When you arrive in France

You have three months from the time you arrive in France to get in touch with the OFII. Once they receive your request, they will do a medical check, provide you with a residency card, and may ask you to sign the Contrat d'Accueil et d'Intégration (CAI). You have one year to fulfill the terms of this agreement with France, which has as its stated goal the "establishment of a relationship of trust and mutual duty" between the two of you.

During this period, you are required to attend seminars (in your language) on France's political and administrative organizations, the ideals of French society (such as secularism and equality), and information about daily living in France. These sessions will be held in your native language. After having your language abilities evaluated, you will either be issued a certificate (AMDFL) to exempt you from the need to complete a language course leading to a Diploma of Introduction to French (DILF) or you will be required to do a language course leading to a DILF.

In the following scenarios, you are exempt from signing the CAI:

● are an EU/EEA/Swiss national.

● having completed at least three years of secondary school education at a French-speaking educational institution located outside of France.

● if you are between the ages of 16 and 18 and have the right to a residence permit because you were born in France to parents who are not French, you now live in France, and you have made France your primary home for at least five years since you were 11 years old.

● are accompanying a family member who already resides in France with a work-related residence permit of a certain kind, such as one with the inscription "employee on assignment," "skills and abilities," or "Blue Card."

In 2015, in response to the enormous flood of migrants into France from countries such as Afghanistan, Syria, and Sudan, the French government revised the method for applying for asylum, making it faster and more streamlined. See the Guide for Asylum Seekers in France published by the French Ministry of the Interior for further details on the asylum application process in France (updated in November 2015).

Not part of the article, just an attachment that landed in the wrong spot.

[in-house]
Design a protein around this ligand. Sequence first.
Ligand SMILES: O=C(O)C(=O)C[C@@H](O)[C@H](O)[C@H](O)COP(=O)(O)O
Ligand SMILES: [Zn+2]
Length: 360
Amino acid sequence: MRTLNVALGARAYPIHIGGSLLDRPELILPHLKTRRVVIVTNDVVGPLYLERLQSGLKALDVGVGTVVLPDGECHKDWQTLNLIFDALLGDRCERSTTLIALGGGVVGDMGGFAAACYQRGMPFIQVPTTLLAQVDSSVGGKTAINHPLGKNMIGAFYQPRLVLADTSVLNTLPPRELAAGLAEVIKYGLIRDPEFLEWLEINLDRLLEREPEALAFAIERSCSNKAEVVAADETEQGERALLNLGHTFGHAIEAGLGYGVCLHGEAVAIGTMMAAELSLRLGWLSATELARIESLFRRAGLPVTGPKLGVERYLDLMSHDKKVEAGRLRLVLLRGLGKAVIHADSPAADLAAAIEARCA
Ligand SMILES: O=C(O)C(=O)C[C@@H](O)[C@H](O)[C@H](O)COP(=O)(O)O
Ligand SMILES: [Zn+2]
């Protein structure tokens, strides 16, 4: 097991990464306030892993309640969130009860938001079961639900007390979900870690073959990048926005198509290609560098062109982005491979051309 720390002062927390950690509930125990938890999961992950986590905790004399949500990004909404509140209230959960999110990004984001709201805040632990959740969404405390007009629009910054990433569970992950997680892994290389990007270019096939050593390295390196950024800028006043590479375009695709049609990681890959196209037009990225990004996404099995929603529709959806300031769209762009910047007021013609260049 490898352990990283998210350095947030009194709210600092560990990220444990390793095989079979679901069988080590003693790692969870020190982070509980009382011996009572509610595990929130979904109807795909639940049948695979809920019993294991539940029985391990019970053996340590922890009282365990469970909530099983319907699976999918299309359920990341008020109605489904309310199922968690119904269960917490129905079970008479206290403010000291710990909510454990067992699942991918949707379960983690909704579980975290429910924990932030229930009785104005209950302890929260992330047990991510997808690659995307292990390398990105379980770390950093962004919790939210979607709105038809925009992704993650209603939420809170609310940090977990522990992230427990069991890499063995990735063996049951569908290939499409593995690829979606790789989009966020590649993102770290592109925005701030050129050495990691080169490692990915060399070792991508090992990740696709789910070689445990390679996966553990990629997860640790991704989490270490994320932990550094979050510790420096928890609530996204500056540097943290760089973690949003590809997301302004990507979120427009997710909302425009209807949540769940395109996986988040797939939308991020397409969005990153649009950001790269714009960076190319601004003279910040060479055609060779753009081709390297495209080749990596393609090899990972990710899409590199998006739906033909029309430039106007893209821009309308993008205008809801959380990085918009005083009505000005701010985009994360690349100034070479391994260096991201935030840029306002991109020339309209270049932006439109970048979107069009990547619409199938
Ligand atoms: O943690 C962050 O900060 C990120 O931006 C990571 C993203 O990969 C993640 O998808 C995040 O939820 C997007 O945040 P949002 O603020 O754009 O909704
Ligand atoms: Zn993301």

For more information

DIRECCTE – here is the French language website for the French Labour Ministry Directions régionales des entreprises, de la competitiveness, de la consommation, du travail et de l'emploi. If you go to the primary website, you will be able to be transferred to the appropriate area in France.

OFII -– This is the website for the English language version of the L'office Francais de l'immigration et de l'intégration, which is the French government agency in charge of immigration (to see the website in English, click the "EN" in the upper right corner of the page). There are offices located all across France; check the website for the contact information of the office that is most convenient for you.

France Diplomatie – This page is the English version of the website for the French Ministry of Foreign Affairs, and it may be used to get further information about visas and migration to France.

ARS – this webpage is the French language website for the Agence Régionale de Santé and where you can discover your local Direction départementale des affaires sanitaires et sociales (DDASS).

Public-Service Oriented – This website is for the public services provided by the French government (in French). See this page for the contact information of your local mairie (town hall), as well as this page for the contact information of other local departments and public services.